Wednesday, June 13, 2007

The Vatican takes aim at Amnesty International on abortion

By Michael J.W. Stickings

I realize that the Roman Catholic Church is "pro-life," which is to say, vehemently anti-abortion, no matter what, but I'm not so sure it's such a great idea -- given a) its own long history on the wrong side of human rights, and b) its more recent concern with human rights, including opposition to the death penalty -- to go after Amnesty International for promoting abortion choice.

And that is precisely what the Church is doing. As the BBC is reporting, "[t]he Vatican has urged all Catholics to stop donating money to Amnesty International". This is nothing if not counter-productive.

In its defence, Amnesty is claiming that it promotes choice, not universal abortion rights, which is fair, if unclear, but of course the Church is absolutist in its stance on abortion -- and this includes opposing abortion even in extreme cases (rape, incest). The Church points to what it calls Amnesty's "pro-abortion about-turn," but Amnesty's deputy secretary general, Kate Gilmore was right to argue that the "Church, through a misrepresented account of [Amnesty's] position on selective aspects of abortion, is placing in peril work on human rights".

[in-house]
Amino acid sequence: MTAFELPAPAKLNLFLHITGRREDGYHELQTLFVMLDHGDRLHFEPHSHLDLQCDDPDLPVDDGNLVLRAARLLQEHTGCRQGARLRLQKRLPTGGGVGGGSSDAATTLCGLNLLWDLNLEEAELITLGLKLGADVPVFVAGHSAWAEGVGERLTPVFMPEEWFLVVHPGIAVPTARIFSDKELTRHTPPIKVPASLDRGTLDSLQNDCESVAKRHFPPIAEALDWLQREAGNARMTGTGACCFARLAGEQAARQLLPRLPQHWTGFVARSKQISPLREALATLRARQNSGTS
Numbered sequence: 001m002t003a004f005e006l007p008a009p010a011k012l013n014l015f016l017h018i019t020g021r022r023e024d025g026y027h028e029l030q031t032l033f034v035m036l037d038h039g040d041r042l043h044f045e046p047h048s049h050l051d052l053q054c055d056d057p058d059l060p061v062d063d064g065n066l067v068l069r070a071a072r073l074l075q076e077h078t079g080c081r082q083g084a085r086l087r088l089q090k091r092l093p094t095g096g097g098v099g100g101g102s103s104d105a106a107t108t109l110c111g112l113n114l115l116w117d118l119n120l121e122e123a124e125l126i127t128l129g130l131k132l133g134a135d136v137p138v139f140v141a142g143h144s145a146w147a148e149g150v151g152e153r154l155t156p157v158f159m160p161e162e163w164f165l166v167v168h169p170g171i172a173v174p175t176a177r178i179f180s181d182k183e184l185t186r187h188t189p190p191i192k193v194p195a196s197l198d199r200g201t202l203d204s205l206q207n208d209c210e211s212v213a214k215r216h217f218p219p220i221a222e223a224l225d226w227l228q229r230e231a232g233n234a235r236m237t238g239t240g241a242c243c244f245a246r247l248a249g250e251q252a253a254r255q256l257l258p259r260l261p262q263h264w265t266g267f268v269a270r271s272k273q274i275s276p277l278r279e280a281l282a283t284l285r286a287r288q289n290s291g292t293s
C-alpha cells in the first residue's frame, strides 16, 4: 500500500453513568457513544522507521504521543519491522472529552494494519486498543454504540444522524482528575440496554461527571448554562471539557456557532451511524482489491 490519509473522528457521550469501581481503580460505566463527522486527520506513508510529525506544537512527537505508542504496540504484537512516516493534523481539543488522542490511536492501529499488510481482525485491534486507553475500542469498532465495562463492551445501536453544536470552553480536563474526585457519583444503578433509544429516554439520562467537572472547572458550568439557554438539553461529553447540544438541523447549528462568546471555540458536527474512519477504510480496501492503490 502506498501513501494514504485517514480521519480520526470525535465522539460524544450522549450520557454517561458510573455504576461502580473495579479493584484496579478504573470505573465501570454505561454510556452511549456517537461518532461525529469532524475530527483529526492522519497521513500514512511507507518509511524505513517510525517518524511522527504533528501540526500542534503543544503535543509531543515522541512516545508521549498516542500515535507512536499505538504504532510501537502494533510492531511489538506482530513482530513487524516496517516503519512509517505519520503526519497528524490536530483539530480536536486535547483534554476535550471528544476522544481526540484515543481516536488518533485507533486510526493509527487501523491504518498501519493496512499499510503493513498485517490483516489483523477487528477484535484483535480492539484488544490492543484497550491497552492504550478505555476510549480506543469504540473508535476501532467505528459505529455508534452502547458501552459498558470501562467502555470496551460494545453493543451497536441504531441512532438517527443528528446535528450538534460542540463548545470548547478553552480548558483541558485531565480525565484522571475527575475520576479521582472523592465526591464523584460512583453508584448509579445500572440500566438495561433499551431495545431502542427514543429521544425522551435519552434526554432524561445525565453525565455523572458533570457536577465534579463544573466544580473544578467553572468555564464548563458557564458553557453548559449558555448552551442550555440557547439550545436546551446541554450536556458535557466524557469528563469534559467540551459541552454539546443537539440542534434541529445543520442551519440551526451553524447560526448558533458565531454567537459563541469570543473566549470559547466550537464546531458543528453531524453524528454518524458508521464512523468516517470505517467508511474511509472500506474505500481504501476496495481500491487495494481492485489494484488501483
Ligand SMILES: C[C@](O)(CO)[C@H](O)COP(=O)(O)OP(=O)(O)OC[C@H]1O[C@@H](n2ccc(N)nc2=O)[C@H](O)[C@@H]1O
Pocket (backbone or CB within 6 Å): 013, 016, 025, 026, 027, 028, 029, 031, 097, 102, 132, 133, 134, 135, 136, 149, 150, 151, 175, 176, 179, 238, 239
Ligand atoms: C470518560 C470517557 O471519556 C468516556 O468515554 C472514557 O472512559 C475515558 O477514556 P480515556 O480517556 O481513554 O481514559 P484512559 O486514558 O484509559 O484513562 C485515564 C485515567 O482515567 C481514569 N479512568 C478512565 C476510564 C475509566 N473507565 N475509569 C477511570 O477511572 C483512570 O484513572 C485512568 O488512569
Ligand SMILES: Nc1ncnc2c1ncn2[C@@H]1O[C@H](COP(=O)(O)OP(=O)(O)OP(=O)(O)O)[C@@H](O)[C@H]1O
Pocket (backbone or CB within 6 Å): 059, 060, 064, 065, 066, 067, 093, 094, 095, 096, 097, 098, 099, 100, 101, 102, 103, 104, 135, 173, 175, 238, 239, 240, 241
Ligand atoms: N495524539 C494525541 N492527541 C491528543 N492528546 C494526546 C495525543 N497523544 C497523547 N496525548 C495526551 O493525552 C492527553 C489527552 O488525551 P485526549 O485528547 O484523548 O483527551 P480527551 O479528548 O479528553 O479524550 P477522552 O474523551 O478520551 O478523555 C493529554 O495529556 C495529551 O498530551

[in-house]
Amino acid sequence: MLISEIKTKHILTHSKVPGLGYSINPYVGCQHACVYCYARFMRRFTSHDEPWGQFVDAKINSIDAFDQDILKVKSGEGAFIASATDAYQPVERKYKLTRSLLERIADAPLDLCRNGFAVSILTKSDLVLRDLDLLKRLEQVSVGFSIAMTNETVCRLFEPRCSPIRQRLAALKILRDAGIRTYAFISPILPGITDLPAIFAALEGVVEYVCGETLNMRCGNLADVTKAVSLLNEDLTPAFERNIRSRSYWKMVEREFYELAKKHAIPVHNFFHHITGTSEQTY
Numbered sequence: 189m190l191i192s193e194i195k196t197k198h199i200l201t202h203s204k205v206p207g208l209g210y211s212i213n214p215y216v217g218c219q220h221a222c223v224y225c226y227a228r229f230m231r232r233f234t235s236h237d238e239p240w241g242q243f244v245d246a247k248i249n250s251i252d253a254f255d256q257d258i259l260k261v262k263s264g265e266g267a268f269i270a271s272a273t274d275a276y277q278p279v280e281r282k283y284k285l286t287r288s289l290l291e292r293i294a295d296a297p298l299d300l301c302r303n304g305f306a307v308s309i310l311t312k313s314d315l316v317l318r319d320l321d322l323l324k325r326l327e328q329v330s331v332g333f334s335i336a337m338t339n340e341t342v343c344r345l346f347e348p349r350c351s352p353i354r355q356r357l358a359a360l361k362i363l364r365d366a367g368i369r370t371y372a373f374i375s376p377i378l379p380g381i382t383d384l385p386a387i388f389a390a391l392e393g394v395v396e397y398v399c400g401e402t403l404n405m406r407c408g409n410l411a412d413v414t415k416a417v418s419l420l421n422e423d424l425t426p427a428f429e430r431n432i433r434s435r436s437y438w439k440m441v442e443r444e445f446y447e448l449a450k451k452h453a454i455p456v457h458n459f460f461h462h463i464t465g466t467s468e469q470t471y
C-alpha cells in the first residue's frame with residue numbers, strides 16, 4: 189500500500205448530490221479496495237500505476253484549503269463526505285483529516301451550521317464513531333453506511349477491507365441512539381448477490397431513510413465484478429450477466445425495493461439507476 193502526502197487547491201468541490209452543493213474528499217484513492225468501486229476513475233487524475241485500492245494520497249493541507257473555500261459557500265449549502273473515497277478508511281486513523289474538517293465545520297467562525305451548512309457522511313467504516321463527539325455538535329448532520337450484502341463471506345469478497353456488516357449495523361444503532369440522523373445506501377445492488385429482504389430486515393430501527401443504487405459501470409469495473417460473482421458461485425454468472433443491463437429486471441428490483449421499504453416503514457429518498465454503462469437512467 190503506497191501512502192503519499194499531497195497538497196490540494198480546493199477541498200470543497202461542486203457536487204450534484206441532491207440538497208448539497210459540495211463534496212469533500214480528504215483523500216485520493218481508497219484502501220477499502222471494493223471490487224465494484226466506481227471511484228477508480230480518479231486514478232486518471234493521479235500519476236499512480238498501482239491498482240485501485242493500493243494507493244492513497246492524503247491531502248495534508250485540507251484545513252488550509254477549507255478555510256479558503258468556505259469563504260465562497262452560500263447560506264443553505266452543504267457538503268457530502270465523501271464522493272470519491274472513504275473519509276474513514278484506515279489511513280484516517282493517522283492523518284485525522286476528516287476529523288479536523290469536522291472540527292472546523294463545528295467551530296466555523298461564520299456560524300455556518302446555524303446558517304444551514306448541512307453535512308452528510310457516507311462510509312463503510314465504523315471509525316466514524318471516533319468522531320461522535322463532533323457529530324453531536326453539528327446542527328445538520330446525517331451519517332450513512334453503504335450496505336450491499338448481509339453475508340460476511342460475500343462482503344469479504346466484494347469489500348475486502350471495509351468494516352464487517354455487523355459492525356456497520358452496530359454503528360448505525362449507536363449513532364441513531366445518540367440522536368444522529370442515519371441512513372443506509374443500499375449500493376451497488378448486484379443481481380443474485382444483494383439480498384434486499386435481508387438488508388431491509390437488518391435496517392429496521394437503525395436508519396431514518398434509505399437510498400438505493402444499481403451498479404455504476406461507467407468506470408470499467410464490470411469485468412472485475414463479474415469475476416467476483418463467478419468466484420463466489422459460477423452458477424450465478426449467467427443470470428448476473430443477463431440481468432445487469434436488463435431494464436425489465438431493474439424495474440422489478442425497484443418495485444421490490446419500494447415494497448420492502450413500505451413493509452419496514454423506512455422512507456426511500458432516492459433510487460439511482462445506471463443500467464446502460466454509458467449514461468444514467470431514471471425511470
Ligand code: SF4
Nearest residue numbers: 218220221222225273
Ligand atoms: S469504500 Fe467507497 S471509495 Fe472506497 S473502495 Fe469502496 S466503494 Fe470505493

Evidently, though, anti-abortion absolutism, even when combined with misrepresentation, as here, is more important to the Church -- or at least to the Vatican, to be more precise -- than Amnesty's important work on human rights. Would it not have been better for the Church to criticize Amnesty's position without going so far as to call on all Catholics to stop donating money to it? Given that Amnesty and the Church now have so much in common, and can do so much together with respect to human rights, why endanger the noble work that Amnesty is doing?

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